In 1999 Judi Dench won an Oscar for her 6 minutes on screen in "Shakespeare In Love" and here she spends a little more time on screen in "Red Joan". She has a fiery speech near the end that expresses the movie's moral stance. Dame Dench is no longer a newcomer to the big screen and is more or less wasted in a role that seems to say 'many people in the audience came to see her so let's have her face on the screen for a minute or two every now and then'.
As many movies do these days it goes back and forth between Joan Stanley in her 80s and Joan in her 20s, played by Sophie Cookson, which would have been more effective after the opening seeing Joan being arrested for being a spy during WW 2. Cookson could have easily aged as the story is told and brought off a coup that has been done by others.
It supposedly 'inspired by the true story' of a KGB spy Melita Norwood though her name is never mentioned. She a graduate student at Cambridge in physics and gets involved with 3 men--I think--and soon rationalizes passing off papers about the atomic bomb that she feels would put Rusian on equal footing with the USA.
With all respect, if Judi had made fewer appearances it might have made more clear who became her husband and who was the father of her son played by Ben Miles. The other men in her life are played by Tom Hughes and Stephen Campbell while Tereza Srbova becomes her friend and introduces her to her cousin Leo with whom Joan has an affair with and begins getting involved with the politics of the time.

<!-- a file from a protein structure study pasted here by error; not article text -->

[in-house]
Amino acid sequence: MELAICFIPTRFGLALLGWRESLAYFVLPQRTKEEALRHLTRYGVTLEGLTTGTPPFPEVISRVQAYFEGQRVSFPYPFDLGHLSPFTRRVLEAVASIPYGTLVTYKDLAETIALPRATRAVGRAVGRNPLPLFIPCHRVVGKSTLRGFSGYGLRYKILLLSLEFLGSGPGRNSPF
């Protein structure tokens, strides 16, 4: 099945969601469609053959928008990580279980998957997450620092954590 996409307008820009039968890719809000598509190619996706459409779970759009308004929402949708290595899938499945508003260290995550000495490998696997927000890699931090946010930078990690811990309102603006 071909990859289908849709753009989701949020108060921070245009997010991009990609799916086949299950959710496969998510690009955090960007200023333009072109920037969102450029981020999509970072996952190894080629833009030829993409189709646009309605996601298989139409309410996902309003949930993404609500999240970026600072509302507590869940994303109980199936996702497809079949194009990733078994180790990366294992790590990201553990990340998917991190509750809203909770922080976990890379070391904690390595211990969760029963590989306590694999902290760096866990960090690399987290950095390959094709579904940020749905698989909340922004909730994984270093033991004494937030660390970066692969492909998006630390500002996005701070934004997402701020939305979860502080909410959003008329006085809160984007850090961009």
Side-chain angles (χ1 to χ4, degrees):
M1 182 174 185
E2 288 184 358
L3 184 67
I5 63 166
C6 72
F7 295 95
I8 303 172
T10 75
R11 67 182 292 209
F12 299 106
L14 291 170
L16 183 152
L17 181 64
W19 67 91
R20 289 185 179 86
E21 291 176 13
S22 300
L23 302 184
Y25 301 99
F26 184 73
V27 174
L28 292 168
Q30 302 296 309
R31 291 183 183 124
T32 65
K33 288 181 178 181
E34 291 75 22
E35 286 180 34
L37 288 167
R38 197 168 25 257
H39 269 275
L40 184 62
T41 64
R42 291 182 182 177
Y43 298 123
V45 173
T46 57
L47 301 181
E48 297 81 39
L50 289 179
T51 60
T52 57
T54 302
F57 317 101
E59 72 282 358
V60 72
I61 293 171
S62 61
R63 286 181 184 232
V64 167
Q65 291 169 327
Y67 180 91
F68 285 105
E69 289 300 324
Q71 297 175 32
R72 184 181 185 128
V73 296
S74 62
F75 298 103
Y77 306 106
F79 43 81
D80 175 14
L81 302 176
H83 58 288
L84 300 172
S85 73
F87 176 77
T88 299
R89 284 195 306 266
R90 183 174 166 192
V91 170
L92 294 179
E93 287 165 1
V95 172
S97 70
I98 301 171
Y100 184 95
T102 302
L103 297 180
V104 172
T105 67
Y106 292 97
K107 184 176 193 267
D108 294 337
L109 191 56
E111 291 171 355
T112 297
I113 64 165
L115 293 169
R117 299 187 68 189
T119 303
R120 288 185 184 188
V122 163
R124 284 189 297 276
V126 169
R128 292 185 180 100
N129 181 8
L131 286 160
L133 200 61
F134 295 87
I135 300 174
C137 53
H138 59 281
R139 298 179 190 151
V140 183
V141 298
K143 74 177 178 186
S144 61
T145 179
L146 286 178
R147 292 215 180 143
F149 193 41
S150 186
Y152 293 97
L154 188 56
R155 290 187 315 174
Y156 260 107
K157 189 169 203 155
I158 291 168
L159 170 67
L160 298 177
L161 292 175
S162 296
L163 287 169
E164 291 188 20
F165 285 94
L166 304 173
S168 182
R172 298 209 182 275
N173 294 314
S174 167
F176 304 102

I had many questions regarding who she had affairs with, who the father of her son was, whom she married, how did she get back from Australia and why was she forgotten so many years.
"Red Joan" is a typical Britsh quiet spy movie without the noise and fast pace of the Bond movies. It also is bringing out of the closet many stories about women who did a lot during the war but were not giving respect as the men were during that era. She was just a woman who got the tea instead of supplying the important answers that the world was asking for.
For me it just makes me want to find out who the true Melita Norwood was an what happened to her.
Joan Stanley (Judi Dench) is a widow living out a quiet retirement in the suburbs when, shockingly, the British Secret Service places her under arrest. The charge: providing classified scientific information—including details on the building of the atomic bomb—to the Soviet government for decades. As she is interrogated, Joan relives the dramatic events that shaped her life and beliefs: her student days at Cambridge, where she excelled at physics while challenging deep-seated sexism; her tumultuous love affair with a dashing political radical (Tom Hughes); and the devastation of World War II, which inspired her to risk everything in pursuit of peace. [IFC Films]